Meanwhile, in the other corner of the ring, there’s the Shark IONFlex 2X DuoClean. Apart from possessing a much longer name than the Dyson, it also makes use of some unique features that their oh-so forward-thinking competitor, well, does not. And to clarify between the Shark ION Flex and Shark ION Flex 2x model, both are identical models where the latter comes with an extra battery pack.
The ION Flex 2x features a function dubbed ‘Reach Mode’, which basically activates a number of joints placed along the wand, giving it articulation and the ability to reach behind corners, below desks, tables and chairs and so on. One could almost make the argument that you don’t even need a handheld vac if you’ve got a cordless one that does this, but thankfully, Shark haven’t gone that far and still included a way to transform the Shark IONFlex into a smaller, more compact handheld version of itself. The brush and motor of the Shark, though, are a completely different story. Instead of ingenuity, they instead opted for maximum ease of use and versatility, trying to create a jack of all trades, or, to be more precise, a vacuum of all surfaces. Yes, the advertised transition from floor to carpet and back is ‘easy’ per se, but it’s nowhere near as fluid and effective as the Dyson with its two heads. Then again, when using the Dyson, you constantly have to switch between heads in the first place, while on the 2X, you don’t, so there’s that.
Another noteworthy edge that the IONFlex 2x has is its use of removable battery packs. They give you two of the things out of the box, and coupled with the charging station, that means you can always have some reserve power ready to go—swapping an old battery out for a fresh one is about as time-consuming as doing the same on the remote control for your TV, if not less so—more than making up for the impact that the, compared to the Dyson, slightly low battery life of 30 minutes has on everyday usability.
Where the two vacs really find themselves facing eye-to-eye is on the issue of handling
Both are ridiculously lightweight for cordless standards, especially so in their handheld forms, and both were clearly conceived in a lab that ranked ergonomics very highly, so there’s no strain, stress or pain, even after literal hours on end of hard use. The only possible detriment to the IonFlex in this case that we could make out is the aforementioned, humongous and totally unattractive-looking canister mounted right below where your hand rests on the grip. Thankfully, you don’t really notice its presence in normal use, but it is there, and the same problem was solved by Dyson in a much more elegant and better-looking fashion—just make a smaller container that can still hold an acceptable volume, and make it as easy as possible to open and clean.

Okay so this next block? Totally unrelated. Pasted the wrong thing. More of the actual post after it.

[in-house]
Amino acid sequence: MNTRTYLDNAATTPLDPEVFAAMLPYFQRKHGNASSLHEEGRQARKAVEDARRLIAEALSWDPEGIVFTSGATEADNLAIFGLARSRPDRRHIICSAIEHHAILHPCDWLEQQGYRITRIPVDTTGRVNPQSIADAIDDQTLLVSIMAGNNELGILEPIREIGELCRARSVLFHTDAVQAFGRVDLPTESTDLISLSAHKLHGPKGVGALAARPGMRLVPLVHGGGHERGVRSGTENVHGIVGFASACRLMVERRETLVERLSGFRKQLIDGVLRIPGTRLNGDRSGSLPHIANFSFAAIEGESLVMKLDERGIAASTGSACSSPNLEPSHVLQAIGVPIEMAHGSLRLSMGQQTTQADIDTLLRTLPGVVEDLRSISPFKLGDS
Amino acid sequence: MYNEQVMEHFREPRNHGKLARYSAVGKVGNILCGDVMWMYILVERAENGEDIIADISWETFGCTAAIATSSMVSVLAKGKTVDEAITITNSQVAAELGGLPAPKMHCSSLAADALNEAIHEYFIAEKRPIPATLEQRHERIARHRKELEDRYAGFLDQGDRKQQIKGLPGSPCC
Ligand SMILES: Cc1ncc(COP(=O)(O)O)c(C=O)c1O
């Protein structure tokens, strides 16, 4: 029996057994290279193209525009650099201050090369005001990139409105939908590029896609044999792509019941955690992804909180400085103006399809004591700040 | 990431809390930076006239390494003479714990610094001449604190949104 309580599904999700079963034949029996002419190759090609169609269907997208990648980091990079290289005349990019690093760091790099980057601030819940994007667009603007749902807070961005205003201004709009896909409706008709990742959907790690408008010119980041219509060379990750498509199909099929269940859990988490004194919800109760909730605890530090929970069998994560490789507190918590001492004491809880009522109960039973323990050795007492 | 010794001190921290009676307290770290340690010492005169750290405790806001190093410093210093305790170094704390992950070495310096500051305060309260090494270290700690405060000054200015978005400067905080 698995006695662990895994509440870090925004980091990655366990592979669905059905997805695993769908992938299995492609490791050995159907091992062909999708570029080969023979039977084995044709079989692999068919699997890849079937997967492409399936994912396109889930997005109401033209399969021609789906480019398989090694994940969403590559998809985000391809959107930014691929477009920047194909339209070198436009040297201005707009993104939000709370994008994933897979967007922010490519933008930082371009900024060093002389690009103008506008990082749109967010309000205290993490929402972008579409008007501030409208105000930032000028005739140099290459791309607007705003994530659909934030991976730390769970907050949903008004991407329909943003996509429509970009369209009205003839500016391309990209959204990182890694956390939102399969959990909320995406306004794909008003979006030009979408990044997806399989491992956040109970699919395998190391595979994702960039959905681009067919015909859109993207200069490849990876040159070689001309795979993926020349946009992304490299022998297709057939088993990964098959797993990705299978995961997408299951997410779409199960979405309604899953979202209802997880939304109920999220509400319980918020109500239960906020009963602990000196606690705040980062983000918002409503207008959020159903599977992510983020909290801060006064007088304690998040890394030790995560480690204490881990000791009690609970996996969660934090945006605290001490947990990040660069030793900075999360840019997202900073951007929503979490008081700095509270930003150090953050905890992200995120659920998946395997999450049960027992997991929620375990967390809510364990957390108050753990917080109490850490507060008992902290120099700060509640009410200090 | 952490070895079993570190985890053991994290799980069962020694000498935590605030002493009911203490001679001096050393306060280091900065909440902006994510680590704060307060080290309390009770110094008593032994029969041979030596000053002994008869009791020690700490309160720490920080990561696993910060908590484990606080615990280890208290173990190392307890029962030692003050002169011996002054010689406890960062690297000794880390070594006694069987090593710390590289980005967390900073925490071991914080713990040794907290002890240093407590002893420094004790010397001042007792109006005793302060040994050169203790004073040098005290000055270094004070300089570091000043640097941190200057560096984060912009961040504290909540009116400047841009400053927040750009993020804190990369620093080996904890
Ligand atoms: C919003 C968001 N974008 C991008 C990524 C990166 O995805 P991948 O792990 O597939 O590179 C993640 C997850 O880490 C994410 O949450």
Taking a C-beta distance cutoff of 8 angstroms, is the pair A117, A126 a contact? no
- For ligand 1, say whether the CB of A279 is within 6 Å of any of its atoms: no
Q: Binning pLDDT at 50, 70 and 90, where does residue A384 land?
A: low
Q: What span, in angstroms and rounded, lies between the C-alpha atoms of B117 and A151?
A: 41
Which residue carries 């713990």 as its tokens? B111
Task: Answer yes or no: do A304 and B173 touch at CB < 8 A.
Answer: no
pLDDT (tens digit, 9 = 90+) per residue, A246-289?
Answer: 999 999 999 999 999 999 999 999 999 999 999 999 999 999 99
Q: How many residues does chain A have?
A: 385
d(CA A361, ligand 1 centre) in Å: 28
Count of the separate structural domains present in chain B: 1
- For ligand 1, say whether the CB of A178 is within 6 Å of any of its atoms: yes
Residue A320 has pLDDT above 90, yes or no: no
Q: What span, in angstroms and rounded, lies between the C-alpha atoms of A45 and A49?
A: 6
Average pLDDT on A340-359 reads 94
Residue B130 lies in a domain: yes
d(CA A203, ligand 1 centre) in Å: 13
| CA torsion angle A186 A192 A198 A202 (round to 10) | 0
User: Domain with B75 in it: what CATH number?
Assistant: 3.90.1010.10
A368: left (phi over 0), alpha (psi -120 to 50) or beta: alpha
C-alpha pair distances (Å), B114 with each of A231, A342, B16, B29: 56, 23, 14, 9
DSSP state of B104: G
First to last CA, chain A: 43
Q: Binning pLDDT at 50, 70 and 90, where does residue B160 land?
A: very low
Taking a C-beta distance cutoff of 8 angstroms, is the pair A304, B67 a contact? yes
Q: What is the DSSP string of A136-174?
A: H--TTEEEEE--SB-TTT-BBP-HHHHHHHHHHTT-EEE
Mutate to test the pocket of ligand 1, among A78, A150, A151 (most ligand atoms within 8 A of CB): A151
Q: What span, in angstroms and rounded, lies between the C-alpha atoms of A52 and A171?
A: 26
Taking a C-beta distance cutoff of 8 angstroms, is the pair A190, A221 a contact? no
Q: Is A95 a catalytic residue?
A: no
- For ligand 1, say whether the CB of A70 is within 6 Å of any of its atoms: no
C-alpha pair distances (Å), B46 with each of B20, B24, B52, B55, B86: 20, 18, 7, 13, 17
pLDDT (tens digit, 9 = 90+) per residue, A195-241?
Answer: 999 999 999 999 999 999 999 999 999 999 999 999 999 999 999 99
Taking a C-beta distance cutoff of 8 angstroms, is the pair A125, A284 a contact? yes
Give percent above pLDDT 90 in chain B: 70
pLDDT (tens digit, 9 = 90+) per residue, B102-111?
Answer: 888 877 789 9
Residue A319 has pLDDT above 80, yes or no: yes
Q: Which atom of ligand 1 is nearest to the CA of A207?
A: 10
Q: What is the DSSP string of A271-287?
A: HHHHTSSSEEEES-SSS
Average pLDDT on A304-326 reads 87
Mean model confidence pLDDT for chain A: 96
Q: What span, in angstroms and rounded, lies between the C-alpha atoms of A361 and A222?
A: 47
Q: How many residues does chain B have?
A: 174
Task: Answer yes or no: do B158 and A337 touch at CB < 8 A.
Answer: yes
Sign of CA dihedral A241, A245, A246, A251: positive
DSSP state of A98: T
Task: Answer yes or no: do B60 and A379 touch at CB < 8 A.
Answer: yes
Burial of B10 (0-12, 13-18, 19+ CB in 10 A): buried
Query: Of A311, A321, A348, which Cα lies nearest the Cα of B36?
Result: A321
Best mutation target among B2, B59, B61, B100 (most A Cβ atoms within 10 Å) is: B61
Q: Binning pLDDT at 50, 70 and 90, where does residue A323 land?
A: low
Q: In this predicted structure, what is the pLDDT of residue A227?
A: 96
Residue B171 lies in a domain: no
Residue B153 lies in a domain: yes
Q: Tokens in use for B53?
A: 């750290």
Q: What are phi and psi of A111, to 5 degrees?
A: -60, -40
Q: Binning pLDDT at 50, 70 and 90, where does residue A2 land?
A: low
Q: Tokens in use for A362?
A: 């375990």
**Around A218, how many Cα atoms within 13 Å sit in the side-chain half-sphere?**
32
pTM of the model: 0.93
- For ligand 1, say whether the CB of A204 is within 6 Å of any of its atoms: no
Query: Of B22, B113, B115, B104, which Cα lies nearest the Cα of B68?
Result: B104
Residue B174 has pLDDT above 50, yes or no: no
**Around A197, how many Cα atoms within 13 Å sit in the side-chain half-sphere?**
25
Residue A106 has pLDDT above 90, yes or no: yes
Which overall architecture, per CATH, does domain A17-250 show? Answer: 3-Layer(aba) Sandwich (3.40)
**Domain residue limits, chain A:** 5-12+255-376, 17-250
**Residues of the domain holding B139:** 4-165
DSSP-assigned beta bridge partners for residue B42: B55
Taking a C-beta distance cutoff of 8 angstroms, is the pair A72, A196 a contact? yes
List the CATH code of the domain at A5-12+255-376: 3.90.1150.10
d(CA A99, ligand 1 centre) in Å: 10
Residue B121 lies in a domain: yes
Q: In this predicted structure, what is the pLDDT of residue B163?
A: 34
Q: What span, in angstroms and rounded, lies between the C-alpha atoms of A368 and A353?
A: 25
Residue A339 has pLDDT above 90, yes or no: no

In the end, it’s up to you to make the final decision of ‘Which is better?’
While the Dyson may have a more well-renowned brand name, a cleaner design, its powerful motor, charging station and brilliant pair of heads speaking for it, the Shark ION Flex 2x has got its unique Reach Mode, a larger, if not quite as good-looking canister, a more flexible power solution thanks to the swappable batteries and a much lower price tag, at least if you buy from the manufacturer, not marketplaces like Amazon, which often list both the V8 and the 2X for the same amount of money.
Which One You Should Pick Depends Totally on What You Prefer
|Simplicity and Practicality – Shark IONFlex 2X
Refined, High-Tech Efficiency – Dyson V8
|Price – Shark IONFlex 2X
Performance – Dyson V8
|More features – Dyson V8
More Versatility Out of the box, with fewer things to fiddle with – Shark IONFlex 2X
The Choice is Yours!